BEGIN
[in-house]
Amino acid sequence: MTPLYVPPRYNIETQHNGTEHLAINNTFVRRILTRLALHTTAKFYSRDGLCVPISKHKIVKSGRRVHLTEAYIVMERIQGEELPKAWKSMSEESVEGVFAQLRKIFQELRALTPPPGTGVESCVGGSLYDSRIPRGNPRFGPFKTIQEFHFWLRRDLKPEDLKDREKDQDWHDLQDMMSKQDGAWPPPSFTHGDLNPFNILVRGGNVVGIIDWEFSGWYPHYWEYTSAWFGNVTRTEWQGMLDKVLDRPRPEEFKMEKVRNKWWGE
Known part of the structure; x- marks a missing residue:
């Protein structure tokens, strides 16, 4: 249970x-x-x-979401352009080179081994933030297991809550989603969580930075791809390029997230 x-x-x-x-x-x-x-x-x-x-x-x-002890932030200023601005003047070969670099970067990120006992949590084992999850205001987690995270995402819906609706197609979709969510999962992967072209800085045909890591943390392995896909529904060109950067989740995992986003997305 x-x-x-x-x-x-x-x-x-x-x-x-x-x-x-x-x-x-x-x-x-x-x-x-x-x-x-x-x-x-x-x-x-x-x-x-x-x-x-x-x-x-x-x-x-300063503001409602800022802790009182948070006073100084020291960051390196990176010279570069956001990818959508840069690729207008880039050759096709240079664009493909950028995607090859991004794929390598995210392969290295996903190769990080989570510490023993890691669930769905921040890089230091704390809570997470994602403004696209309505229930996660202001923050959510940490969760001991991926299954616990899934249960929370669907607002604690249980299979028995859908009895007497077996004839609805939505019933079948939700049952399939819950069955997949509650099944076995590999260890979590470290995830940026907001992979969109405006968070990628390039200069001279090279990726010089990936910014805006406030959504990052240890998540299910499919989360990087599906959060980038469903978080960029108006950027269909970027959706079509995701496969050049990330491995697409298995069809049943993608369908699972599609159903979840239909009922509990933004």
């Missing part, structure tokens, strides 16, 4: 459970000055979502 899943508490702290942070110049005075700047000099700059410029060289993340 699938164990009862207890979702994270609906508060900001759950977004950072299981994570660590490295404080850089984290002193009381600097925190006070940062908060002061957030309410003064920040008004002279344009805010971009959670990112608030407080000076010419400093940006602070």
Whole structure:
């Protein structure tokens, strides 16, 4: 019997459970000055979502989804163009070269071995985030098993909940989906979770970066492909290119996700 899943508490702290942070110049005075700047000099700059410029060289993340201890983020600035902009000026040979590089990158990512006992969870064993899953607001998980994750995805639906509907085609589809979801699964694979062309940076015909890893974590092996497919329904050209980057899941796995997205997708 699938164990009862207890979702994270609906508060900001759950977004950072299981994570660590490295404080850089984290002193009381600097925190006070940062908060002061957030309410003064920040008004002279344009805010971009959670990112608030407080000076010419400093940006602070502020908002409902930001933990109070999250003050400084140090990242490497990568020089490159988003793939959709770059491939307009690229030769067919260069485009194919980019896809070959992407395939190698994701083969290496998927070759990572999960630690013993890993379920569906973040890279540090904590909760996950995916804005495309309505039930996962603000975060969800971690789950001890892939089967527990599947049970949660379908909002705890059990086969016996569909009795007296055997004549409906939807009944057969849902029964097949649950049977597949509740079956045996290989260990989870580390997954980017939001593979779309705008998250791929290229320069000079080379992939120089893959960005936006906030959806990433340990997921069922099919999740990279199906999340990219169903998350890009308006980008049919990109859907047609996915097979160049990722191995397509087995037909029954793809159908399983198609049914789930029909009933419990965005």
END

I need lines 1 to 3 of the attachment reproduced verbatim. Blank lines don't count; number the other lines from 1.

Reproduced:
[in-house]
Amino acid sequence: MTPLYVPPRYNIETQHNGTEHLAINNTFVRRILTRLALHTTAKFYSRDGLCVPISKHKIVKSGRRVHLTEAYIVMERIQGEELPKAWKSMSEESVEGVFAQLRKIFQELRALTPPPGTGVESCVGGSLYDSRIPRGNPRFGPFKTIQEFHFWLRRDLKPEDLKDREKDQDWHDLQDMMSKQDGAWPPPSFTHGDLNPFNILVRGGNVVGIIDWEFSGWYPHYWEYTSAWFGNVTRTEWQGMLDKVLDRPRPEEFKMEKVRNKWWGE
Known part of the structure; x- marks a missing residue: